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More Fun Than Fun: What Can We Learn from Insect Societies?

More Fun Than Fun: What Can We Learn from Insect Societies?

Thomas D. Seeley learning from honey bees. Photo: Thomas Seeley.

Many insects such as ants, bees, wasps and termites organise themselves into societies with division of labour, communication, conflict, cooperation and altruism. Insect societies resemble human societies in many ways and are arguably more efficient than ours in some ways. They sustainably harvest environmental resources, engineer their environments both inside and outside their nests, practice agriculture, fight disease with a combination of individual and social immunity, organise social hunting parties, navigate their environment using terrestrial and celestial cues and majorly influence the evolutionary trajectories of other organisms such as flowering plants.

They do all this with brains the size of a pinhead and without a leader, by harnessing the power of self-organisation and social intelligence. They have earned the name ‘superorganism’ and are among the most ecologically dominant species on the planet.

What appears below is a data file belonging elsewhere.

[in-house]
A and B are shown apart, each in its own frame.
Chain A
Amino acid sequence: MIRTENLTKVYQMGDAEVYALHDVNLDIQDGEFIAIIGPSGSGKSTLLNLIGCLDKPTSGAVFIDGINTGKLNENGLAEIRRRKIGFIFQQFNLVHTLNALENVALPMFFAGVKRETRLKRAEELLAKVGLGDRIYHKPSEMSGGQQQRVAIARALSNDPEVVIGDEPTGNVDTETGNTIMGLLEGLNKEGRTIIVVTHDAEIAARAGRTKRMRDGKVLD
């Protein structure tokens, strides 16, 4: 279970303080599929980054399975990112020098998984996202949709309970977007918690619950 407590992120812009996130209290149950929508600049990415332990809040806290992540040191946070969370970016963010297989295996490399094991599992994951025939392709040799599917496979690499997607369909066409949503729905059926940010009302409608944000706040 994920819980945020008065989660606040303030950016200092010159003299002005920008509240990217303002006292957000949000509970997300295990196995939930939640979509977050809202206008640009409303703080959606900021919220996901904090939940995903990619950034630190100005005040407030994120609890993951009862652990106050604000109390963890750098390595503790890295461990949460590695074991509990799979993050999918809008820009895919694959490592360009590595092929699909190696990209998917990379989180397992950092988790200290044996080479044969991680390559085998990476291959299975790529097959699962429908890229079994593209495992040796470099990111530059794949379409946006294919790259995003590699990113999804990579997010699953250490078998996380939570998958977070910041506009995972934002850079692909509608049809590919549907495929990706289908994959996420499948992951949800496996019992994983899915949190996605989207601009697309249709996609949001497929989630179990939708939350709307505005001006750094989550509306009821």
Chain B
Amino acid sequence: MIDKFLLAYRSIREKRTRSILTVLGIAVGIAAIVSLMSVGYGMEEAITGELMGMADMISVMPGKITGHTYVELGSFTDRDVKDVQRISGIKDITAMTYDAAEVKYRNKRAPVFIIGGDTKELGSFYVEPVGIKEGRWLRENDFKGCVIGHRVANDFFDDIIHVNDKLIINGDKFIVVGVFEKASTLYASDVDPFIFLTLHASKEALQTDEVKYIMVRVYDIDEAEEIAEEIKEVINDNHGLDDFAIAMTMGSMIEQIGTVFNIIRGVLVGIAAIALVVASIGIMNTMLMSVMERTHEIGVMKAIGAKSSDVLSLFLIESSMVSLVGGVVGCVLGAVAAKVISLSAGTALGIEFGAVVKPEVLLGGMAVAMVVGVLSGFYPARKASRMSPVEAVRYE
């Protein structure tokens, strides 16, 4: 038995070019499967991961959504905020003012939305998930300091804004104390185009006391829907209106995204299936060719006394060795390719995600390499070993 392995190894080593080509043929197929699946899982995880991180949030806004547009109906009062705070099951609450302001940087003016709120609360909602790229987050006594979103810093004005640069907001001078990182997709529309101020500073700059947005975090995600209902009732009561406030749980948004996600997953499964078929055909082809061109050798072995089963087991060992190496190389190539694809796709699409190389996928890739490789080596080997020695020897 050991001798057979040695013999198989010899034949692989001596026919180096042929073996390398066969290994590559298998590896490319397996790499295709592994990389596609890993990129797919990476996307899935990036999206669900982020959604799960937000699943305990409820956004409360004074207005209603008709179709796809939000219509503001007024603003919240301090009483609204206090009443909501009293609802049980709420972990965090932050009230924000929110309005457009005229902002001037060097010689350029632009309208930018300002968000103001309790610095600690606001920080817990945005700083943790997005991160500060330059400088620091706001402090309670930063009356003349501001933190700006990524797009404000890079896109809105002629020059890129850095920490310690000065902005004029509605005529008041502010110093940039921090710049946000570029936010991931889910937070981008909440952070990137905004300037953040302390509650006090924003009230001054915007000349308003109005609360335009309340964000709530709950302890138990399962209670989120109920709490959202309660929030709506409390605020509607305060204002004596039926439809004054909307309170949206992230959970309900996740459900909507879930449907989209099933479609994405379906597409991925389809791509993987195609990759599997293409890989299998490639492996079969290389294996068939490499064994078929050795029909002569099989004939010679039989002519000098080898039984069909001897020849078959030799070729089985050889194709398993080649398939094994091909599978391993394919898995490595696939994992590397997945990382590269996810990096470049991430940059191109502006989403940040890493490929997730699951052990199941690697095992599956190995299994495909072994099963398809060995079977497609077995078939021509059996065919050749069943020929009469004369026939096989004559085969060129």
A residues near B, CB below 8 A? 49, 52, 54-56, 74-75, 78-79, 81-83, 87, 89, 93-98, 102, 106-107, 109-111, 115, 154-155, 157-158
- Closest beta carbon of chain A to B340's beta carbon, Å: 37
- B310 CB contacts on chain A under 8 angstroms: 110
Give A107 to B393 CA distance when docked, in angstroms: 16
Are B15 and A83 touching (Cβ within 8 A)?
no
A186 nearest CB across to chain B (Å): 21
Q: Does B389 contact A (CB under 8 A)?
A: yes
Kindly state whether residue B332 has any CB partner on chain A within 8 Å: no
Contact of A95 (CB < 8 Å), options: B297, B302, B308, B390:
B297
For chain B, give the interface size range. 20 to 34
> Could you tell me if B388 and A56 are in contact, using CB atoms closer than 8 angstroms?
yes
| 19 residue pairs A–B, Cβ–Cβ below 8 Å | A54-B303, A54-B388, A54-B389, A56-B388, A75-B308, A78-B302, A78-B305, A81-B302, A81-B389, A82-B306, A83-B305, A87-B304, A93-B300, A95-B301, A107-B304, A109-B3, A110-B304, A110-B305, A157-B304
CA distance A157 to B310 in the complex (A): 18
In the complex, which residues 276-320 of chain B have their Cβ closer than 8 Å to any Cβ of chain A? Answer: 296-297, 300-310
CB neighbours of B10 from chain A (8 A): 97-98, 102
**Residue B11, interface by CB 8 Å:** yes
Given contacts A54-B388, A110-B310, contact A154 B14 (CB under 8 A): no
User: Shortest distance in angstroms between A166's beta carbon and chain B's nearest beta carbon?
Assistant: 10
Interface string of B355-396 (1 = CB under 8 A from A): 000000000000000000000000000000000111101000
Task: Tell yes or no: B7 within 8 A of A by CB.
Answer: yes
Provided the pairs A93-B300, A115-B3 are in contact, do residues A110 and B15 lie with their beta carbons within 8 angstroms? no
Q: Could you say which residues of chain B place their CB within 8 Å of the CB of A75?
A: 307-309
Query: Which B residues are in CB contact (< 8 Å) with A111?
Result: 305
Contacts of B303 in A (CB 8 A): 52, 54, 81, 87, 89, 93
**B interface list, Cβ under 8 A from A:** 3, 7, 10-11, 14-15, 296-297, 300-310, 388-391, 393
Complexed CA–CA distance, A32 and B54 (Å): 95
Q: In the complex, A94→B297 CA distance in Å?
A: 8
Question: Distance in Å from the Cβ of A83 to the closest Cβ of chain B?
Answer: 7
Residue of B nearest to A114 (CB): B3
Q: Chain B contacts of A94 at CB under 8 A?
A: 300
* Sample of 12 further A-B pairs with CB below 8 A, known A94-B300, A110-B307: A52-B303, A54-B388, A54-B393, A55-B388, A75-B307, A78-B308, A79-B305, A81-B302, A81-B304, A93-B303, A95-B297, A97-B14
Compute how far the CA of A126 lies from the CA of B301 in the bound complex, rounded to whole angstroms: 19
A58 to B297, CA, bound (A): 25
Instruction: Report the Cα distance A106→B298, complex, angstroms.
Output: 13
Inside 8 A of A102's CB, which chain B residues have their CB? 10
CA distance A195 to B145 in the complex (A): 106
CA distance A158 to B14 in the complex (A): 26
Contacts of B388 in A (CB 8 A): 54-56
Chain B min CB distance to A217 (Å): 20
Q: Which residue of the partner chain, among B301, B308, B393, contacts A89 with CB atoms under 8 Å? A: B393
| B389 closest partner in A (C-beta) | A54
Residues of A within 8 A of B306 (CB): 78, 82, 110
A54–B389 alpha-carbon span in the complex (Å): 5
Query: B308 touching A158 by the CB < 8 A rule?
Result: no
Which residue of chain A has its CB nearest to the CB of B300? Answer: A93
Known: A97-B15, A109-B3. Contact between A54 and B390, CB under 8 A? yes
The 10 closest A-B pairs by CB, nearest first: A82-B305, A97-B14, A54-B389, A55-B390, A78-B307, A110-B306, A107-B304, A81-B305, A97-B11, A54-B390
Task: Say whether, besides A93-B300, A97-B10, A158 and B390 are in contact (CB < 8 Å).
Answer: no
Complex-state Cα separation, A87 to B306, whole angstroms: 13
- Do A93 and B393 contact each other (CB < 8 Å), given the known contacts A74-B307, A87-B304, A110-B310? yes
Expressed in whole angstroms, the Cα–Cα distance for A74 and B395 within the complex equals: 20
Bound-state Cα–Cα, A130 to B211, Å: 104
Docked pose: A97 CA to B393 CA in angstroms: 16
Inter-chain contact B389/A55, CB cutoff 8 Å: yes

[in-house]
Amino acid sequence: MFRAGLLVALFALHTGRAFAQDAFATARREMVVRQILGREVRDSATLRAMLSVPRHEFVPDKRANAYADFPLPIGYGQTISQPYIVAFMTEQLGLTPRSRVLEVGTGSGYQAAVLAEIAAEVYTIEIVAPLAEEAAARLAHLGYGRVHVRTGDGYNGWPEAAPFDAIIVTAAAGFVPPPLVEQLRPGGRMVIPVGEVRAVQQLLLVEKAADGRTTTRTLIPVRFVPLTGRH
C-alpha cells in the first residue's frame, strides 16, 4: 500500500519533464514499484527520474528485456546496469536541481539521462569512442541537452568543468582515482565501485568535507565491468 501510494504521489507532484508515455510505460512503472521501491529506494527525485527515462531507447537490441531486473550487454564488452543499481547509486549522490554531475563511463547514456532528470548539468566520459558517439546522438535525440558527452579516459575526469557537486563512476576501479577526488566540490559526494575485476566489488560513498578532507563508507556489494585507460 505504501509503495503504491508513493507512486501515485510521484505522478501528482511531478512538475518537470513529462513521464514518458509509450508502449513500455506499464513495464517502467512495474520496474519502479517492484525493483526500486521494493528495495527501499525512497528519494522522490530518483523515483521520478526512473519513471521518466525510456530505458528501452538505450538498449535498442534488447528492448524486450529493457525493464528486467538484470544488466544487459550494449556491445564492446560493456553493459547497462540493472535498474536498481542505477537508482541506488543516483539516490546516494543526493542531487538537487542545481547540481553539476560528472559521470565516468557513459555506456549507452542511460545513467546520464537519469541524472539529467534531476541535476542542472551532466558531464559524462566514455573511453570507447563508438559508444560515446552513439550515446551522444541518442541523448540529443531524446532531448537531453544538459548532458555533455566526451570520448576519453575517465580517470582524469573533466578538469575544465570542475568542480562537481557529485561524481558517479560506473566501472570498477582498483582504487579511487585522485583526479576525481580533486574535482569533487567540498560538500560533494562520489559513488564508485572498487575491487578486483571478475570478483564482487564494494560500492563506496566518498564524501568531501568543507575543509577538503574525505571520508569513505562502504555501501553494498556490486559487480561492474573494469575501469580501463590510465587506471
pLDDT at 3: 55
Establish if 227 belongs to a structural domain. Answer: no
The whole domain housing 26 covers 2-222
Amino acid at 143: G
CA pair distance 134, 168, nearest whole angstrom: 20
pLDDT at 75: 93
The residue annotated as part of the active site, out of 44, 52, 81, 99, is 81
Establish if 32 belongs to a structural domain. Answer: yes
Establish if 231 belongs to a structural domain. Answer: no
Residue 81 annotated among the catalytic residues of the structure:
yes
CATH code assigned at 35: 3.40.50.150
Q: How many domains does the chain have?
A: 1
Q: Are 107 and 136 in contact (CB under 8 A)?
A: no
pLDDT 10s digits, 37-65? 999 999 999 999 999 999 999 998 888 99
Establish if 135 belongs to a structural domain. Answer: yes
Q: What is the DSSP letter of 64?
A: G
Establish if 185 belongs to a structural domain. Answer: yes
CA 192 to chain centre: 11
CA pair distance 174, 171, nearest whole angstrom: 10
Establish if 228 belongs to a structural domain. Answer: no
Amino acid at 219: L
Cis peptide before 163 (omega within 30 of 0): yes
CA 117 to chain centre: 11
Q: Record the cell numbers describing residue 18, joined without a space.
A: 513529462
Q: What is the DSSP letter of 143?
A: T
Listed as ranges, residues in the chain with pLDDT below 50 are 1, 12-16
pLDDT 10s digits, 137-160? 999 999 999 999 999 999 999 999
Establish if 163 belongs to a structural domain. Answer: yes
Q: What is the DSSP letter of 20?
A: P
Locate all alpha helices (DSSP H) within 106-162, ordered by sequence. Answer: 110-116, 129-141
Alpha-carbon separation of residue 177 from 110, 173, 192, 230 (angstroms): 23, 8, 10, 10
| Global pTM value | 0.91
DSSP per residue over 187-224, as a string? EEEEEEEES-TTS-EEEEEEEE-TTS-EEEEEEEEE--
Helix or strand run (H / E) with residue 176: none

So, can we humans not learn anything from insect societies? Well, there are difficulties, not so much to do with them but with ourselves. But perhaps we can overcome these problems, especially if we can recognise and learn from our past mistakes.

The naturalistic fallacy

When we justify human behaviour and our social and moral norms based on what we see in nature, we are said to commit the naturalistic fallacy. This is considered a fallacy because it is believed that there is a neither logical nor a moral justification for the argument that what is seen in nature ought to be what we should ourselves be doing. There is also a practical problem in using nature as a guide. We find everything in nature, the good, the bad and the ugly. We can find suitable examples in nature to justify anything we want – monarchy, slavery, murder, matricide, fratricide, infanticide, siblicide or, if we so wish, democracy, socialism, egalitarianism, altruism, self-sacrifice… you name it.